The UTRAN architecture 100 comprises a plurality of Radio Network Controllers (RNC) 160 which is connected to a set of Node Bs 180. The Node Bs 180 comprise the antennas, RF equipment and baseband processing circuits needed to communicate with the UEs 120. The Node Bs 180 are connected to the RNC 160 through the Iub-interface.

The core network 200 typically comprises at least one Serving GPRS Support Node (SGSN) 220, one or more Gateway GPRS Support Node (GGSN) 280, at least one mobile switching center (MSC) 240, which may include a visitor location register (VLR) (not shown in FIG. 1), a Gateway MSC (GMSC) 260, and a GPRS home location register (HLR) 250. The CN 200 provides both circuit-switched and packet data communication with various external networks, typically including the Public Switched Telephone Network (PSTN) 320 and one or more packet mode communication network, such as the Internet 340. The UTRAN 100 connects to the CN 200 through the Iu interface.

In recent developments of 3GPP an evolved system architecture has been presented, with several new reference points, such as the S1-interface between the core network and radio access network for transport of user plane and control plane traffic. The S1-interface corresponds to the Iu-interface. These new developments is called LTE/SAE in 3GPP, where LTE is Long Term Evolution of 3G RAN and SAE is system architecture evolution, i.e. a development of the core network. Further, a new radio interface between the RAN and the UEs, corresponding to the Uu-interface, will be introduced. In this context this new radio interface is called LTE radio interface. The person skilled in the art realizes that the present invention works very well on these new developments as well.

FIG. 2 shows the communication network including the UE 120, the RAN 100 and the CN 200. The signalling protocols are divided into access stratum (AS) protocols 420 and non access stratum (NAS) protocols 410. The NAS-protocols 410 are terminated in the UE 120 and the core network 200 and are sent transparently via the RAN 100. The AS-protocols 420 are terminated in the UE 120 and the RAN 100, shown as a Uu Stratum (UuS) block 430 and are not visible in the CN 200. Further there are signalling between the RAN 100 and the CN 200, shown as a Iu stratum (Ius) block 440, which is not visible to the UE 120. The access stratum 420 offers services through three Service Access Points (SAPs) to the non access stratum 410, which are shown in FIG. 2 as three circles on the arrows from the UuS 430 and the Ius 440 respectively to the NAS 410.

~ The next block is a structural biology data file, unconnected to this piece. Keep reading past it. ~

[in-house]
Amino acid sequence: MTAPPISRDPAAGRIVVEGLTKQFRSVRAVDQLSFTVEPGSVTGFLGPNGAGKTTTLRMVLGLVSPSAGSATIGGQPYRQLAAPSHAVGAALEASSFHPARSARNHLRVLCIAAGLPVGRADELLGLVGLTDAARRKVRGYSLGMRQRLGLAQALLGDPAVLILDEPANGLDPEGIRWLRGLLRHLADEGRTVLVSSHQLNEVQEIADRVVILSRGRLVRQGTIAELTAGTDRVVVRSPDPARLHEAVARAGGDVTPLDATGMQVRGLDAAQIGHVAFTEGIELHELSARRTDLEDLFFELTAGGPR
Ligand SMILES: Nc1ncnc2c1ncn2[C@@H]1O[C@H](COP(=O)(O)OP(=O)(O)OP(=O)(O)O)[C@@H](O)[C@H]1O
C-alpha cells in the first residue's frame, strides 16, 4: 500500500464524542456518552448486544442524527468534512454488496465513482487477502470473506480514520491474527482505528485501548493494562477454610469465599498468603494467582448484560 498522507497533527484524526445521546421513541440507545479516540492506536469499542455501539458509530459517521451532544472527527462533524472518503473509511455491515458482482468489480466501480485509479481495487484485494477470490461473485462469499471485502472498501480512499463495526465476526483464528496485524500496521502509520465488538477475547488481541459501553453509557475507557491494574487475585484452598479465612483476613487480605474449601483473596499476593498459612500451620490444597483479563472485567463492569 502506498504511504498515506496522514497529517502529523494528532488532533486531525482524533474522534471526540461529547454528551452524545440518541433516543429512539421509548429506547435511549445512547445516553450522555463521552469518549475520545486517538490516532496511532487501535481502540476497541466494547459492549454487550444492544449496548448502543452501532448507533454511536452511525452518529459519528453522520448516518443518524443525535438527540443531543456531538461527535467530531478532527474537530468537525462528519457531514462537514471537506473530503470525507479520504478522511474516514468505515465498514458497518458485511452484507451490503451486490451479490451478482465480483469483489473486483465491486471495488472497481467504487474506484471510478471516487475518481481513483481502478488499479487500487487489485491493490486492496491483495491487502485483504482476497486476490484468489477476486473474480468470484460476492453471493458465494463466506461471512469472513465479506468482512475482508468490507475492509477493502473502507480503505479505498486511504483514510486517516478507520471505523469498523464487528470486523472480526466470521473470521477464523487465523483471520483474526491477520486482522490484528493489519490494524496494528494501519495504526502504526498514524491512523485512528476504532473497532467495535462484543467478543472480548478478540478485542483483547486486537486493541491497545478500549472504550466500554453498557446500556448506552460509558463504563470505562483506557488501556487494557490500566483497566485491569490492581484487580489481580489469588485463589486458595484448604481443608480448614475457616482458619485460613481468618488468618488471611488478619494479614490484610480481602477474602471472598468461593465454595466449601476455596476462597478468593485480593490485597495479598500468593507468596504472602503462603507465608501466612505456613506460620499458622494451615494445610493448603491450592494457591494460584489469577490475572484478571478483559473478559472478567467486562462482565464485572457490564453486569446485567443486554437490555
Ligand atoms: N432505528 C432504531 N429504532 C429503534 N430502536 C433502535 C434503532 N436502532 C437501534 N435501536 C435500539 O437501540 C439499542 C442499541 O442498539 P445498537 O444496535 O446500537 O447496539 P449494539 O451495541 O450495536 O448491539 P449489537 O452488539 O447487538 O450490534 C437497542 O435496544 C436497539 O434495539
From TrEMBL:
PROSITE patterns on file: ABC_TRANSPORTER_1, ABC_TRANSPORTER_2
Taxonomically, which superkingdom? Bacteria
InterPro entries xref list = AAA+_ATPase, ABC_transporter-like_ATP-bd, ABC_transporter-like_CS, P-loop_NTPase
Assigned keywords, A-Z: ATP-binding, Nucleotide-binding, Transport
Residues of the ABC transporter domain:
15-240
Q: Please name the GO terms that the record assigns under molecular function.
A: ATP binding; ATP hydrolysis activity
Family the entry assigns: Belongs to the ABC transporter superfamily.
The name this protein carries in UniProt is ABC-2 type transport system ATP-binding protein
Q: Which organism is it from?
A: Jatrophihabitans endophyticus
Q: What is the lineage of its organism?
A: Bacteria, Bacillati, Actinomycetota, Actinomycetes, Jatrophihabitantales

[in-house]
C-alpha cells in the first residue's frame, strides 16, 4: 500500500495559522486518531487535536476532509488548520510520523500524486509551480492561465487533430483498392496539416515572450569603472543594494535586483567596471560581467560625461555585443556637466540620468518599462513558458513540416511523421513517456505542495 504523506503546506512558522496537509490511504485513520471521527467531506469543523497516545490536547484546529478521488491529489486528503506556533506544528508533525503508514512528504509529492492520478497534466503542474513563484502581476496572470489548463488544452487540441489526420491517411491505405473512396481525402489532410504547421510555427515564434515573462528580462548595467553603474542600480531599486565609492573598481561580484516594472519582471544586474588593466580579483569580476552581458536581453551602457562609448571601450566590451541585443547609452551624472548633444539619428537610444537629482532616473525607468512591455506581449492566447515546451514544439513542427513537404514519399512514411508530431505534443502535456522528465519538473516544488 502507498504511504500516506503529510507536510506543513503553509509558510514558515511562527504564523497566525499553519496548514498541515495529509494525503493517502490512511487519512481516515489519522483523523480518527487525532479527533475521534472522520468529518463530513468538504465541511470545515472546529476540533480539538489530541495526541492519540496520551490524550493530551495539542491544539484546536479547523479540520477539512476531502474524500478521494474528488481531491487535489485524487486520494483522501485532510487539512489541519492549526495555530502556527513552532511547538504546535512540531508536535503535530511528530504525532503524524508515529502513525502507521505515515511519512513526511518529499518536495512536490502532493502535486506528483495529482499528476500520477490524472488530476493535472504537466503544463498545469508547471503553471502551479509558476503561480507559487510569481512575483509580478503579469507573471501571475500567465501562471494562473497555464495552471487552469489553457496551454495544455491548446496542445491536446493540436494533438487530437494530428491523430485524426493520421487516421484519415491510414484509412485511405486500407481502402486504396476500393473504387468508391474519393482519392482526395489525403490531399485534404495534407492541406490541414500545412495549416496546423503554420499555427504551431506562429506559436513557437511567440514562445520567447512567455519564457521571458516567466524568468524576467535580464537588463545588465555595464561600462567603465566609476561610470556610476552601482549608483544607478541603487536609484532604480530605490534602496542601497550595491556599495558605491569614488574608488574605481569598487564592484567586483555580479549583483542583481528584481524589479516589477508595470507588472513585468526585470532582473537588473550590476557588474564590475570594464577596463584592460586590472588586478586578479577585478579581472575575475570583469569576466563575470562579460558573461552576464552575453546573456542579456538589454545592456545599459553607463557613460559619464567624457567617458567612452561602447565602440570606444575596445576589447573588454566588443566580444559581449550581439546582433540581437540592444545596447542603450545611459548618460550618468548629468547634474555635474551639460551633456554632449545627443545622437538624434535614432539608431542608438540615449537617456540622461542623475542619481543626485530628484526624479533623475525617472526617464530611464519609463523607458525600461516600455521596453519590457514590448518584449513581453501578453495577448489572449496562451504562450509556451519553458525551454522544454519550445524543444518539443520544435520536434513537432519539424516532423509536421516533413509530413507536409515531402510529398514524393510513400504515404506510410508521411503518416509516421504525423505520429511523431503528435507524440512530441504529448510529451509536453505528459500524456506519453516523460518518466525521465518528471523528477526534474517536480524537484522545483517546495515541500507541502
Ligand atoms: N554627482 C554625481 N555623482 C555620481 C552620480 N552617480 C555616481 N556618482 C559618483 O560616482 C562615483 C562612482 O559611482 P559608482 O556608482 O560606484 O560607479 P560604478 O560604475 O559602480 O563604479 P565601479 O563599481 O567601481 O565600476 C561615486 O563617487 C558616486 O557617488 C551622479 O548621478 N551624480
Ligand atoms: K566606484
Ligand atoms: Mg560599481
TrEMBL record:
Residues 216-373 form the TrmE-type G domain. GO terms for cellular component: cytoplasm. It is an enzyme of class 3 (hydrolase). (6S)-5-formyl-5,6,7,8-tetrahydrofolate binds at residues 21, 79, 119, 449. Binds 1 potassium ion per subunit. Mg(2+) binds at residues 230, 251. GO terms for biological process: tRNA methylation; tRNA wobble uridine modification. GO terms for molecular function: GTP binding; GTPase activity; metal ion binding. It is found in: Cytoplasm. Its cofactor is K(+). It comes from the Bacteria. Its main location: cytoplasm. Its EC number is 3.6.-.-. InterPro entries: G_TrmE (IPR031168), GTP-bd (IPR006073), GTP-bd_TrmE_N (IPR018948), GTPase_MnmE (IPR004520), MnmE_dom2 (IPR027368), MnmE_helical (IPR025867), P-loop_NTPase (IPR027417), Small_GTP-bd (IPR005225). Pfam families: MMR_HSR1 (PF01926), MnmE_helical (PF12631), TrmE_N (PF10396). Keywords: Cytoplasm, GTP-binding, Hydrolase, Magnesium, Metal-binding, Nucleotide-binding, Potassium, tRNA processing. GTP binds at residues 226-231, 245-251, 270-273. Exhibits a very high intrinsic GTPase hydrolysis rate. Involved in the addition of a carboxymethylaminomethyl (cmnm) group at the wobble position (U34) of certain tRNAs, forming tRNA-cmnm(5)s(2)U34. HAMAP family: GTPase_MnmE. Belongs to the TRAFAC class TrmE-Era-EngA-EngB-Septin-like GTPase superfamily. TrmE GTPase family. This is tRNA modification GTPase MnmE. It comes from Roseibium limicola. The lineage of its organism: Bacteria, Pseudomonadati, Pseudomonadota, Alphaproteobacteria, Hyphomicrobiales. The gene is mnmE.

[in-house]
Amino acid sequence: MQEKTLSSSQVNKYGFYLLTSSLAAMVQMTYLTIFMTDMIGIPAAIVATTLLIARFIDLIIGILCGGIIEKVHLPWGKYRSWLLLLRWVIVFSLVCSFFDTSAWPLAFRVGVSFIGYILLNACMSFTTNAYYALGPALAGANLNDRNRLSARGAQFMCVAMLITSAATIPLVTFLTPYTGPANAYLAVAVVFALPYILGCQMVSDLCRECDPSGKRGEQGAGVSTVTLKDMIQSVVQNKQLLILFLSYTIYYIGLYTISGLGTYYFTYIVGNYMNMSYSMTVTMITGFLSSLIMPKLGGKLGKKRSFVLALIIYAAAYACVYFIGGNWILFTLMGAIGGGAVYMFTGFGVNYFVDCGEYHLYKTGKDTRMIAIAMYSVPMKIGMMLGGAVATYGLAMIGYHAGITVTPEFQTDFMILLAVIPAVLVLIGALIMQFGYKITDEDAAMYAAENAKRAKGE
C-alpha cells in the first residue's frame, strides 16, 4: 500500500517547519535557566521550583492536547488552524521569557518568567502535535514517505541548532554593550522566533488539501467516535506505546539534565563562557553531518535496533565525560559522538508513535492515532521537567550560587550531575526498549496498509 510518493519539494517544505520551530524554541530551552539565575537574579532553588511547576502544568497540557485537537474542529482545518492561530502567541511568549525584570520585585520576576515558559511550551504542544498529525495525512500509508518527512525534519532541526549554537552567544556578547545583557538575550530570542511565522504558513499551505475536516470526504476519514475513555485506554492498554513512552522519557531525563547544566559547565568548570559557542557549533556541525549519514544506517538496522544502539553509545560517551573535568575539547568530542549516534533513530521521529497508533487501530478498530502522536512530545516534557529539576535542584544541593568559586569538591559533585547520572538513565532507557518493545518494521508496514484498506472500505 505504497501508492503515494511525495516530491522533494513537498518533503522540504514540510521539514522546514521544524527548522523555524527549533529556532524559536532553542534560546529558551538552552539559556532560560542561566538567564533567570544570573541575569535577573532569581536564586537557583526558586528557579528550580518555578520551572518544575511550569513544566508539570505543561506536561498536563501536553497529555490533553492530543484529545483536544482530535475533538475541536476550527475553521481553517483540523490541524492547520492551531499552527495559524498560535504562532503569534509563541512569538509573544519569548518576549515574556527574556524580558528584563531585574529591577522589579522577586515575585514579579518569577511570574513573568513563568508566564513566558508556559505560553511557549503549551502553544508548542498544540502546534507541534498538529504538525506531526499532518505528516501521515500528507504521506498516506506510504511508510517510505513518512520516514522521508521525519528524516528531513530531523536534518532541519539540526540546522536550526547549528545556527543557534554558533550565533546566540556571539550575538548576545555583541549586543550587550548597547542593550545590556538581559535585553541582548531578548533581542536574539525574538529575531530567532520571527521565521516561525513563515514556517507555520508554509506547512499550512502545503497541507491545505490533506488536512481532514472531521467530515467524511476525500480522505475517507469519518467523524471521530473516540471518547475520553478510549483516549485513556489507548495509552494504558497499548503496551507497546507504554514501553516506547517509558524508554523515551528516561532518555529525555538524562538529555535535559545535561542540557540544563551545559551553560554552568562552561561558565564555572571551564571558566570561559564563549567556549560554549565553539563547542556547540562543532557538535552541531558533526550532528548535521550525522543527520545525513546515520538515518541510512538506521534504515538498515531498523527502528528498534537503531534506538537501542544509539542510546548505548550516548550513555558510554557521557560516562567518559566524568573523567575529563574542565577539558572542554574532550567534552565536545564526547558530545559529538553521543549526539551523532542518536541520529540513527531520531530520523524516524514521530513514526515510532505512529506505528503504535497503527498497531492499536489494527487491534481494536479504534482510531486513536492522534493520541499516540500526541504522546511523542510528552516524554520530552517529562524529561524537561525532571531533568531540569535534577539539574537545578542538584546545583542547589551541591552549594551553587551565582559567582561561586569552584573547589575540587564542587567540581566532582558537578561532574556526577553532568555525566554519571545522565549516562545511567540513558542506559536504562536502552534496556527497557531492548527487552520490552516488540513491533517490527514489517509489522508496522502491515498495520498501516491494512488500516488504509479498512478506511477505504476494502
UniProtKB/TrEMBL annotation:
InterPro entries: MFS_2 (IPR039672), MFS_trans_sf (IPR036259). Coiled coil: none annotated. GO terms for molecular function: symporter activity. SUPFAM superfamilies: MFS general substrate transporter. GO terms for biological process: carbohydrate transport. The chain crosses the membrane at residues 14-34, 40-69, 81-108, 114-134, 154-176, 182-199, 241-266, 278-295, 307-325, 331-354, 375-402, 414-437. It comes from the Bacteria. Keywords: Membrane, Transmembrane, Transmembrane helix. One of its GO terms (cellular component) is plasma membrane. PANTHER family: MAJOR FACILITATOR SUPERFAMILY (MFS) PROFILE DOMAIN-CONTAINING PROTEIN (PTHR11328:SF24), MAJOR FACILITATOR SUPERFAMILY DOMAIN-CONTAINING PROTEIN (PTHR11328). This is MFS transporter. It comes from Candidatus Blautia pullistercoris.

An exemplary block diagram of an inventive arrangement 500 for reducing the amount of messages sent in a communication network is shown in FIG. 3, wherein the arrangement 500 comprises means 510 for sending first protocol messages packed inside second protocol messages, i.e. piggybacked, each of said first and second protocol messages indicating a number of procedural steps and, means 520 for providing an instruction field with each of the first protocol messages determining at least one co-ordination rule to be used for said procedural steps, whereby said at least one co-ordination rule is selected from a set of pre-defined rule(s).

A typical UMTS prior art procedure for “service activation” is shown in FIG. 4. This procedure involves many messages exchanged over the radio interface and will in the following be briefly described:

  • 1. RRC: RACH/CCCH RRC Connection Request;
  • 2. RRC: FACH/CCCH RRC Connection Setup;
  • 3. RRC: DCCH/DCH RRC Connection setup Complete
  • 4. RRC: DCCH/DCH(AM) Initial Direct Transfer (Attach Request)
  • 5. SCCP Connect Request (CR) RANAP Initial UE Message (Attach Request)
  • 6. SCCP Connect Conf (CC)
  • 7. RANAP Direct Transfer (Identity Request)
  • 8. RRC: DCCH/DCH(AM) Downlink Direct Transfer (Identity Request)
  • 9. RRC: DCCH/DCH(AM) Uplink Direct Transfer (Identity Request)
  • 10. RANAP Direct transfer (Identity Response)
  • 11. MAP Send Authentication Info
  • 12. MAP Send Authentication Info Ack
  • 13. RANAP Direct Transfer (Authentication and Ciphering Request)
  • 14. RRC: DCCH/DCH(AM) Downlink Direct Transfer (Authentication and Ciphering Request)
  • 15. RRC: DCCH/DCH(AM) Uplink Direct Transfer (Authentication and Ciphering Request)
  • 16. RANAP Direct Transfer (Authentication and Ciphering Request)
  • 17. RANAP Security Mode Command
  • 18. RRC: DCCH/DCH(AM) Security Mode Command
  • 19. RRC: DCCH/DCH(AM) Security Mode Complete
  • 20. RANAP Security Mode Complete
  • 21. MAP Update Location
  • 22. MAP Insert Subscriber Data
  • 23. MAP Insert Subscriber Data Ack
  • 24. MAP Update Location Ack
  • 25. RANAP Common ID (IMSI)